Since we’re in the LMS, I know students’ names and I can inquire with our Institutional Research office to get demographic data on them. But, a major challenge I have is that I don’t know student motivation for self-enrolling in this course (beyond that of students required to complete these for the First Year Experience curriculum).
I assume most students self-enroll and complete the tutorials because their faculty assigned them, but I know of a handful of students that found and completed these on their own.
Some other libraries deal with this issue by asking students to enter demographic information at the beginning or end of a tutorial, and I may work on developing something similar so that I can do more targeted outreach and also redesign the tutorials as necessary for the learners that are using them.
Q: How have you promoted Finding Articles & Databases to students and faculty? What type of feedback have you received from each?
This is a real challenge for me, since this whole project is basically a one-woman show. I know that library administration is happy that we have an eLearning option now, but they have not provided any guidance in promoting these to faculty, and I’m not sure how best to do this myself.
I know that my colleagues are generally happy that we have these, but I don’t know if they’re promoting them to their faculty or not. I think we have a lot of work to do in figuring out how these fit into our library instruction program, and how we can leverage a flipped classroom format.
So, it’s actually really amazing that I’ve gotten the enrollments that I have! I think there is a word-of-mouth thing going on with faculty.
I have gotten mostly good feedback on these from students and faculty. Students have reported that they like the format–that these tutorials are somewhat “gamified” while still being instructive. Students report liking that they get instant feedback with the badge popping up as soon as they complete a tutorial.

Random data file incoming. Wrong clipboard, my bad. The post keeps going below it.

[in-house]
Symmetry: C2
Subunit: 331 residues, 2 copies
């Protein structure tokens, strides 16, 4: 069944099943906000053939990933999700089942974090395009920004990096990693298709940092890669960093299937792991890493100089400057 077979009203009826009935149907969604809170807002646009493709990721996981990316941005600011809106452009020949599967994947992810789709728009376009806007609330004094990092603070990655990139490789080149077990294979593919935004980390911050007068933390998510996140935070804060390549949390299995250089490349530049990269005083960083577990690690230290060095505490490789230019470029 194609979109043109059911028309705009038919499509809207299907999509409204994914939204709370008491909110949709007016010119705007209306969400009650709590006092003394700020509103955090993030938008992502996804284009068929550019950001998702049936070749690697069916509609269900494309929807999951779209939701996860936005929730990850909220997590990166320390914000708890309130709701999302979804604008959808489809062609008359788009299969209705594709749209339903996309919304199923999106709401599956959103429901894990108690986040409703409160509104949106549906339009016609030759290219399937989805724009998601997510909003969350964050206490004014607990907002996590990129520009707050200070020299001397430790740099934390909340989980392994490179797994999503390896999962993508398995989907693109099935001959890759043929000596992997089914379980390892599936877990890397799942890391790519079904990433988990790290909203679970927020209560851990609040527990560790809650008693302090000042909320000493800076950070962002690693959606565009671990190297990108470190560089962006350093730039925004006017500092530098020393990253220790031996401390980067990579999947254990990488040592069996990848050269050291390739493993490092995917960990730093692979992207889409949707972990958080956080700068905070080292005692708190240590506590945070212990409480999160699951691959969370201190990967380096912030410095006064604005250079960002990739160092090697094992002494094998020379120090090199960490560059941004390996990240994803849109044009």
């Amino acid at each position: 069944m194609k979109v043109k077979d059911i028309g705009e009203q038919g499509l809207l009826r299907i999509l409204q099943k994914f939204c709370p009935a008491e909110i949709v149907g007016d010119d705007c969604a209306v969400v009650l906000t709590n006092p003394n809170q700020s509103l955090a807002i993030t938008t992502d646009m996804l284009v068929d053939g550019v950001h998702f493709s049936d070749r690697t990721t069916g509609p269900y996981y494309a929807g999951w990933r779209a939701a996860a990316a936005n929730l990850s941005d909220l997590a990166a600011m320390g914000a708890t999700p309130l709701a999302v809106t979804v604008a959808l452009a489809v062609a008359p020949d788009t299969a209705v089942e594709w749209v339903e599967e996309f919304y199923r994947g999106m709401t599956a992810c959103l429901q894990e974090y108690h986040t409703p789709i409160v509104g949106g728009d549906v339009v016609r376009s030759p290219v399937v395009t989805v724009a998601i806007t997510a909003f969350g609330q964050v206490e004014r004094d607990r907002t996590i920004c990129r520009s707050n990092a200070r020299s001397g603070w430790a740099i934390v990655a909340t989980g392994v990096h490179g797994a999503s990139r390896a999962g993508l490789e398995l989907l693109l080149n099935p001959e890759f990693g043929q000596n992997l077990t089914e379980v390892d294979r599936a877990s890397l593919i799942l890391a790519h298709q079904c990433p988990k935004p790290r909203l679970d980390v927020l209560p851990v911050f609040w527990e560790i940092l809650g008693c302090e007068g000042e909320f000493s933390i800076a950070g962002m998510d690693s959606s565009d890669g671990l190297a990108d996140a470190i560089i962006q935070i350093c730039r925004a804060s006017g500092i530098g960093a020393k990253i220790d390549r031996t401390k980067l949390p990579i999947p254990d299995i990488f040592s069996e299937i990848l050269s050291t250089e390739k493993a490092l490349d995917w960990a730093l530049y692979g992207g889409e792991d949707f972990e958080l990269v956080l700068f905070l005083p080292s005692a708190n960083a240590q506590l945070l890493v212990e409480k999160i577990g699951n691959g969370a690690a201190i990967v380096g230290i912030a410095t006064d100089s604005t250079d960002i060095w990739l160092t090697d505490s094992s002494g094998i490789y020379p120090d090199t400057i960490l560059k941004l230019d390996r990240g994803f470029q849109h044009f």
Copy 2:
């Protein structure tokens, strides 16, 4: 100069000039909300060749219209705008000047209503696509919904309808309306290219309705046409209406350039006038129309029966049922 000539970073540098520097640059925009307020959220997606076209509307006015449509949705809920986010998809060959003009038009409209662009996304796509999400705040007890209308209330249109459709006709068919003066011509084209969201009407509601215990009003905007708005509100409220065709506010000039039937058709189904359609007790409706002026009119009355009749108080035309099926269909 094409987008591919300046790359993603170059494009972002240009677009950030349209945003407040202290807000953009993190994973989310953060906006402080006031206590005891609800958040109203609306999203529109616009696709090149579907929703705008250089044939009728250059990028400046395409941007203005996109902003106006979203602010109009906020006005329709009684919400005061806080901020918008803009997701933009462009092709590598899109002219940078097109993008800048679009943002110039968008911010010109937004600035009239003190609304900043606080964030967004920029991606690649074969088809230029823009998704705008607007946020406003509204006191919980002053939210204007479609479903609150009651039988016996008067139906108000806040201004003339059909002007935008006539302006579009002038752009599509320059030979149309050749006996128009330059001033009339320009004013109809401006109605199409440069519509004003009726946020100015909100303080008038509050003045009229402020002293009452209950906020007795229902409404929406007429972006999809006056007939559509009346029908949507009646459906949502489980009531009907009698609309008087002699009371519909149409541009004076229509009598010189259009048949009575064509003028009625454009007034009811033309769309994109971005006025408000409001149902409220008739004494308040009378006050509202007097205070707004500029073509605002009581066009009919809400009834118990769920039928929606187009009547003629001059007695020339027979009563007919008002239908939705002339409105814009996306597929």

Faculty like having an online option for library instruction, but don’t like having to go into each student’s profile to check for the badges to verify student completion. I would like to make it easier for faculty to confirm that their students completed the tutorials. I may set something up that allows students to enter their instructor’s name to automatically email them a report when they complete the tutorials.
Q: Any other comments or advice you want to share?
Overall, the Spark Tutorials project is a lot of work, especially since I have three more modules to develop yet besides ongoing maintenance.
But, it’s totally worth it. Since I launched this project in August 2016, over 550 students have completed all four tutorials in the first module, which represents more than 500 hours of student learning, without any librarian intervention.
Since a competency-based model of instruction requires students to master the aligned learning objectives, so I feel that these tutorials are a meaningful learning experience and serve as a useful foundation for further information literacy instruction.
Furthermore, this project is fairly scalable. If enrollments were to skyrocket, there is a chance that the course could crash, but this project is a major learning experience and now and then we encounter obstacles that we overcome. And how cool would it be to get so many students self-enrolling in library tutorials that they bring down the system?
Finally – if you are interested in learning more about how I set up badges on this project, if you would like a short tour of the Spark Tutorials course, or if you would like to try out full versions of the tutorials or even download the raw files under a Creative Commons license so that you can reuse them, you can do so on my website (see post on digital badges and on Spark Tutorials).
June 2017 Site of the Month